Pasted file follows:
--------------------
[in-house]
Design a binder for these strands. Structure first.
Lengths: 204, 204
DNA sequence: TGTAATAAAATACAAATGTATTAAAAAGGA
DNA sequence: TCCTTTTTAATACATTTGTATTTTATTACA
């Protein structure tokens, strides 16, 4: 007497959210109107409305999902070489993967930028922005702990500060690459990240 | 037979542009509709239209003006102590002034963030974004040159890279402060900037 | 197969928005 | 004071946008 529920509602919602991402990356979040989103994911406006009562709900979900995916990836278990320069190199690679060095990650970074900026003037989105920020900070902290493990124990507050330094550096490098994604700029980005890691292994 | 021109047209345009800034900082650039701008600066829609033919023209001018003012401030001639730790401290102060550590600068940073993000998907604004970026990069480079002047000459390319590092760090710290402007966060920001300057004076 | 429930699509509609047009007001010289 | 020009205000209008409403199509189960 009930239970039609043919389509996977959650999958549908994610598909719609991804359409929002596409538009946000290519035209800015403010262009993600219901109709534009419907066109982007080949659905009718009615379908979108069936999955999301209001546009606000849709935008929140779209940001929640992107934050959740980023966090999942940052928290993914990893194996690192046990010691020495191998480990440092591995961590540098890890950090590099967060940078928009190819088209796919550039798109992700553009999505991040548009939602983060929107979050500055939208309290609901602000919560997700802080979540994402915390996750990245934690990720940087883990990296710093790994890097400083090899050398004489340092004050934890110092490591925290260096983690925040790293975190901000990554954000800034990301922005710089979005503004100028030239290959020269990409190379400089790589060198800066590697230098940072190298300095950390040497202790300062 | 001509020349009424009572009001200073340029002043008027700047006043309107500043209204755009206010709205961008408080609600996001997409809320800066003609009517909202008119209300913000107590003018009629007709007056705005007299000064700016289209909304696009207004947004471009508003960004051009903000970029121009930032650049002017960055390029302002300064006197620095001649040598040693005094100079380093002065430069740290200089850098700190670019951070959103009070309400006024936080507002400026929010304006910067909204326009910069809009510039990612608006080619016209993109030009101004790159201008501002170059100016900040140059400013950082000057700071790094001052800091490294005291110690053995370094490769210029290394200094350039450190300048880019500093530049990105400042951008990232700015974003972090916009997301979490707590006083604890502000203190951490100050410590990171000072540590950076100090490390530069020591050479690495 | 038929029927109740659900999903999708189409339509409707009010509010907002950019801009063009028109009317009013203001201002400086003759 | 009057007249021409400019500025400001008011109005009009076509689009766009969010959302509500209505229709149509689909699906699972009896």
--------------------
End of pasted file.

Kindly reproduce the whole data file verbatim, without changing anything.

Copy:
[in-house]
Design a binder for these strands. Structure first.
Lengths: 204, 204
DNA sequence: TGTAATAAAATACAAATGTATTAAAAAGGA
DNA sequence: TCCTTTTTAATACATTTGTATTTTATTACA
């Protein structure tokens, strides 16, 4: 007497959210109107409305999902070489993967930028922005702990500060690459990240 | 037979542009509709239209003006102590002034963030974004040159890279402060900037 | 197969928005 | 004071946008 529920509602919602991402990356979040989103994911406006009562709900979900995916990836278990320069190199690679060095990650970074900026003037989105920020900070902290493990124990507050330094550096490098994604700029980005890691292994 | 021109047209345009800034900082650039701008600066829609033919023209001018003012401030001639730790401290102060550590600068940073993000998907604004970026990069480079002047000459390319590092760090710290402007966060920001300057004076 | 429930699509509609047009007001010289 | 020009205000209008409403199509189960 009930239970039609043919389509996977959650999958549908994610598909719609991804359409929002596409538009946000290519035209800015403010262009993600219901109709534009419907066109982007080949659905009718009615379908979108069936999955999301209001546009606000849709935008929140779209940001929640992107934050959740980023966090999942940052928290993914990893194996690192046990010691020495191998480990440092591995961590540098890890950090590099967060940078928009190819088209796919550039798109992700553009999505991040548009939602983060929107979050500055939208309290609901602000919560997700802080979540994402915390996750990245934690990720940087883990990296710093790994890097400083090899050398004489340092004050934890110092490591925290260096983690925040790293975190901000990554954000800034990301922005710089979005503004100028030239290959020269990409190379400089790589060198800066590697230098940072190298300095950390040497202790300062 | 001509020349009424009572009001200073340029002043008027700047006043309107500043209204755009206010709205961008408080609600996001997409809320800066003609009517909202008119209300913000107590003018009629007709007056705005007299000064700016289209909304696009207004947004471009508003960004051009903000970029121009930032650049002017960055390029302002300064006197620095001649040598040693005094100079380093002065430069740290200089850098700190670019951070959103009070309400006024936080507002400026929010304006910067909204326009910069809009510039990612608006080619016209993109030009101004790159201008501002170059100016900040140059400013950082000057700071790094001052800091490294005291110690053995370094490769210029290394200094350039450190300048880019500093530049990105400042951008990232700015974003972090916009997301979490707590006083604890502000203190951490100050410590990171000072540590950076100090490390530069020591050479690495 | 038929029927109740659900999903999708189409339509409707009010509010907002950019801009063009028109009317009013203001201002400086003759 | 009057007249021409400019500025400001008011109005009009076509689009766009969010959302509500209505229709149509689909699906699972009896």